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Viral Enzymes

About microscopic forms of life, including Bacteria, Archea, protozoans, algae and fungi. Topics relating to viruses, viroids and prions also belong here.

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Viral Enzymes

Postby SysBio » Tue May 26, 2009 7:36 am

(I posted this in the Cell Biology forum but did not get a response, so I am re-posting this here )

For the viruses that must carry a specific enzyme (eg. viruses with ssDNA, -ssRNA genomes):

1. It is carried in the capsid AND coded for in their genomes, right?

2. since they need this enzyme before they can use their genome, how do they ensure that a lot is transcribed?

Thanks in advance...
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Re: Viral Enzymes

Postby biohazard » Wed May 27, 2009 6:46 am

Umm, not sure I got your question right, but viruses use the host cell's synthesis machinery to produce all the enzymes they need, including the ones that are required for the conversion of their genome (e.g. reverse transcriptase for RNA viruses). These are then packed into the viral particle during the viral assembly.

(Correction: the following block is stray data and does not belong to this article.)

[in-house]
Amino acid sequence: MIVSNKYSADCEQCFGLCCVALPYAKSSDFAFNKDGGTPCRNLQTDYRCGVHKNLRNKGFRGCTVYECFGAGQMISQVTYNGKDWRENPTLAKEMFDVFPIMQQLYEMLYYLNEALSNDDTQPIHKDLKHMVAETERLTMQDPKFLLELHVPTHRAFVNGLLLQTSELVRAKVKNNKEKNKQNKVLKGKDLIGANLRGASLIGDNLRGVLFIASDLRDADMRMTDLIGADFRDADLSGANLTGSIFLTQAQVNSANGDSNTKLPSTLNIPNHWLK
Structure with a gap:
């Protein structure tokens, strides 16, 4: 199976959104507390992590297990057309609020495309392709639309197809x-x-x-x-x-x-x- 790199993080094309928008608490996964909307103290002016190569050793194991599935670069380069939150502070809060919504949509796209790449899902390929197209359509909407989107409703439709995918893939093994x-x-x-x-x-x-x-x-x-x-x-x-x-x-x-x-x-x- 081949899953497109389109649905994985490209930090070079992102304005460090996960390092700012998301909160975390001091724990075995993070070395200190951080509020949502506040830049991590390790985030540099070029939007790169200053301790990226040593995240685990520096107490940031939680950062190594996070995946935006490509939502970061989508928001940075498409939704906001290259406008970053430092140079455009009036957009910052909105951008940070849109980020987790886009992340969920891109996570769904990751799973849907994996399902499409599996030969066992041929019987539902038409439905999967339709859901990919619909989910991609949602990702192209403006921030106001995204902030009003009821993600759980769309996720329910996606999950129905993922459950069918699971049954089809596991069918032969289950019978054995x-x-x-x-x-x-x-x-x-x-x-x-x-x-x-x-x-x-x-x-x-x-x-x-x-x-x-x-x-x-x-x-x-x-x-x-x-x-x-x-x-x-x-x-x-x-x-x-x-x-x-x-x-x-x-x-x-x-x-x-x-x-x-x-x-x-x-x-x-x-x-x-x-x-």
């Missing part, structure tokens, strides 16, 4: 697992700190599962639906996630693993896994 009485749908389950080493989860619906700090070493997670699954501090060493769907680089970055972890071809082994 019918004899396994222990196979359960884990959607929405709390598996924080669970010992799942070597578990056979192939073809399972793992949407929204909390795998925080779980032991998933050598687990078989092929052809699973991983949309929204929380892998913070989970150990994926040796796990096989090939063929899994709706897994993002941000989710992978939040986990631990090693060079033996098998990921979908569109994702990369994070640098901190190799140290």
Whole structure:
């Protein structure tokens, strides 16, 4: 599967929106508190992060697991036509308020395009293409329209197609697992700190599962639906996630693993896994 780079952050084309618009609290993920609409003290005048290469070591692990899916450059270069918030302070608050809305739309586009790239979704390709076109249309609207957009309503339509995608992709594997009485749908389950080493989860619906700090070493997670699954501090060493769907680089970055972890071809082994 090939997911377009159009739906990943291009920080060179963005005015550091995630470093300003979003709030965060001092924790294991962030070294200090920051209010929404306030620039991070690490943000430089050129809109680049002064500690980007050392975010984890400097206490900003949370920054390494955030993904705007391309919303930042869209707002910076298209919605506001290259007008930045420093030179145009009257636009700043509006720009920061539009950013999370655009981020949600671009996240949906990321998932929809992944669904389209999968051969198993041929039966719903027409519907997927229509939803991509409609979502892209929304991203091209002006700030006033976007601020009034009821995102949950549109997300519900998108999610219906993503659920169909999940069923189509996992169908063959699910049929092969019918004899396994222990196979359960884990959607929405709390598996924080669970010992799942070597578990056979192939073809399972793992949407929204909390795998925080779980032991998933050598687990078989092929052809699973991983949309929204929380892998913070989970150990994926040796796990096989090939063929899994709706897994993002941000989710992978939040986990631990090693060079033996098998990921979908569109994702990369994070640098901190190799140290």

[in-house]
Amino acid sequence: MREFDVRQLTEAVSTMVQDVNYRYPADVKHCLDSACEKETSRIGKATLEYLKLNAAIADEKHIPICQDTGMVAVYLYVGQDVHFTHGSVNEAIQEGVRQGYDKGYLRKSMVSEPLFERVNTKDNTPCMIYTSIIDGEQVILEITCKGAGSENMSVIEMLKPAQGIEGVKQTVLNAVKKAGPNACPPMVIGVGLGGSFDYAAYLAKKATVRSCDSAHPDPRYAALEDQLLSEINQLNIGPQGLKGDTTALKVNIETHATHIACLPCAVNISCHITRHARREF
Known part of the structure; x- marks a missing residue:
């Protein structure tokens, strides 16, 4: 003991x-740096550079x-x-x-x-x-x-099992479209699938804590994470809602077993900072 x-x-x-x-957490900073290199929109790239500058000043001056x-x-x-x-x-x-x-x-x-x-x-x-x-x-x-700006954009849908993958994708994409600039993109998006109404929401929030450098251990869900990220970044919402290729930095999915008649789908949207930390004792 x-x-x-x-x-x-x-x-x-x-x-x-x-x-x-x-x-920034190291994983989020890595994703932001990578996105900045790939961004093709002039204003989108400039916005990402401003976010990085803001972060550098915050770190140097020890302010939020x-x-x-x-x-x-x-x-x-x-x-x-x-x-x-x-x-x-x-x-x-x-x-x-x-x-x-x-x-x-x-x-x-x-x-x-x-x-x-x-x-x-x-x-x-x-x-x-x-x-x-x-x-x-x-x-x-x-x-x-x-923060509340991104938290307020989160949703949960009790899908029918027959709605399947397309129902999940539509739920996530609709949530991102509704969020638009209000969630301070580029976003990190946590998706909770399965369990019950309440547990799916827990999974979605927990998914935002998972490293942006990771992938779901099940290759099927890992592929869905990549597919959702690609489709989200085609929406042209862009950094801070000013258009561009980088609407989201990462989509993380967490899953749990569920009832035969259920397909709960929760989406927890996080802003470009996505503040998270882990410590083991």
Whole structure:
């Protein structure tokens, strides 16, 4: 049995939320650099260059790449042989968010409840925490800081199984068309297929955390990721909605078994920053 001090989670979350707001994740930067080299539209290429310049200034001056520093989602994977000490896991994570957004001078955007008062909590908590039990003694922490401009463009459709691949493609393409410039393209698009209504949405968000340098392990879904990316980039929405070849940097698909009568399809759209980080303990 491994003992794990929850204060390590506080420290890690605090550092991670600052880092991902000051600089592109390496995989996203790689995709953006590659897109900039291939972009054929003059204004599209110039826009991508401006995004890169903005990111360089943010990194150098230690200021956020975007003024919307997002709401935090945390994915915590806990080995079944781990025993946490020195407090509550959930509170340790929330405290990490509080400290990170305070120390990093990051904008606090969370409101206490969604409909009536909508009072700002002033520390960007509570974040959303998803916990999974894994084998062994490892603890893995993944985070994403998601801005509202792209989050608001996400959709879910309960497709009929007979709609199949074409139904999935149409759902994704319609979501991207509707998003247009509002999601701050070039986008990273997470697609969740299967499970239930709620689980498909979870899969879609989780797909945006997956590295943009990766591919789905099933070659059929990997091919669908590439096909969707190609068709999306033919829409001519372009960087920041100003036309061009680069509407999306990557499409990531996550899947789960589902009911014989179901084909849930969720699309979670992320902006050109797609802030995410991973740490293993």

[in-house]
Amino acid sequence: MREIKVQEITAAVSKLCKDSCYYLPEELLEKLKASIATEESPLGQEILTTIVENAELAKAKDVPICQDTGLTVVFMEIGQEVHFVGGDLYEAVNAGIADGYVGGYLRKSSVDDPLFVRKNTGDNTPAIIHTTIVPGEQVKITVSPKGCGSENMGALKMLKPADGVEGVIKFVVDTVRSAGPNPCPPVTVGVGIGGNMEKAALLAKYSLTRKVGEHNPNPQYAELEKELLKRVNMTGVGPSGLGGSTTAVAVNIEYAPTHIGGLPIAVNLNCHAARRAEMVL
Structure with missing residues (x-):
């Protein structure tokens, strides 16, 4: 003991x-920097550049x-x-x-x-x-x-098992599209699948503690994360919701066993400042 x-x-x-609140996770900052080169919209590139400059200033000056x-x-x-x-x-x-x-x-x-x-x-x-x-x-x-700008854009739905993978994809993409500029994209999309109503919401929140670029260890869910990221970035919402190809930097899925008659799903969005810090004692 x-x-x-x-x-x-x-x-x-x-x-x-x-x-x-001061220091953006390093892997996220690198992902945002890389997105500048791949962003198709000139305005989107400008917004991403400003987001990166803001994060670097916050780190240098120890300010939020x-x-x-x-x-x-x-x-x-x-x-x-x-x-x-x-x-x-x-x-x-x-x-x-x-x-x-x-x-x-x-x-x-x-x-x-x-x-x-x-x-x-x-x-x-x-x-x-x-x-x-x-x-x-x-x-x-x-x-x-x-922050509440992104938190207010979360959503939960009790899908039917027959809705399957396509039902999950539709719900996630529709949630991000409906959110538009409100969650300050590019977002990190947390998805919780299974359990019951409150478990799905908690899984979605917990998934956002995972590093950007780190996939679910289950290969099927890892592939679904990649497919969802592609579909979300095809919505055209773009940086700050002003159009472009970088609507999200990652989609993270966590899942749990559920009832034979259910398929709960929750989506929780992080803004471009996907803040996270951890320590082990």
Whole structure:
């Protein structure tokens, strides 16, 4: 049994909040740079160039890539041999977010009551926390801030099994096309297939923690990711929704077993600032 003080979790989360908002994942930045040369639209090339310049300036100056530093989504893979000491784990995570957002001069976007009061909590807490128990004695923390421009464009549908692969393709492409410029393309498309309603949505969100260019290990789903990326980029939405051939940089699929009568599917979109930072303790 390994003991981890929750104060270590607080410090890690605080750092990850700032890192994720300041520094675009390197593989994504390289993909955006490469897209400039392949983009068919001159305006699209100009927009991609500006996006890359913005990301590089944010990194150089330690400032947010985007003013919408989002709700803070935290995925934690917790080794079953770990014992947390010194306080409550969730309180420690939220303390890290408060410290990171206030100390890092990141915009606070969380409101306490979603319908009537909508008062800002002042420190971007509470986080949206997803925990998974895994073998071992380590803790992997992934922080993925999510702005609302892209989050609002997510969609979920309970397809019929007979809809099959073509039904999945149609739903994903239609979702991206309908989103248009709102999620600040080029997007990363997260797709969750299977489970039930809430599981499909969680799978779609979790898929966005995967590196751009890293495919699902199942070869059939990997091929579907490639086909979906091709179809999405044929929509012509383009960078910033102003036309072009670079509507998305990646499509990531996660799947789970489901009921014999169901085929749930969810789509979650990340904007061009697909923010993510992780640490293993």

So, because they already carry the enzyme within the capsid, it is ready to use when the virus offloads its "cargo" into their target cell. In the cell, all parts of the virus are then produced again and assembled into a functional virus, including fresh copies of the enzyme(s) they need.

Naturally many viral particles are produced that are inactive because the assembly has failed, for example if some of the required enzymes did not get loaded into the capsid. Depending of the virus type, inactive viruses may constitute several percents of the total number of viral particles.
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Re: Viral Enzymes

Postby sara135 » Tue Jul 12, 2011 12:17 pm

A virus uses several tools to infect a cell. Enzymes are such tools, helping the virus progress through the various stages of infection. Enzyme inhibitors can block the action of these viral enzymes, interrupting the spread of disease at a particular point.
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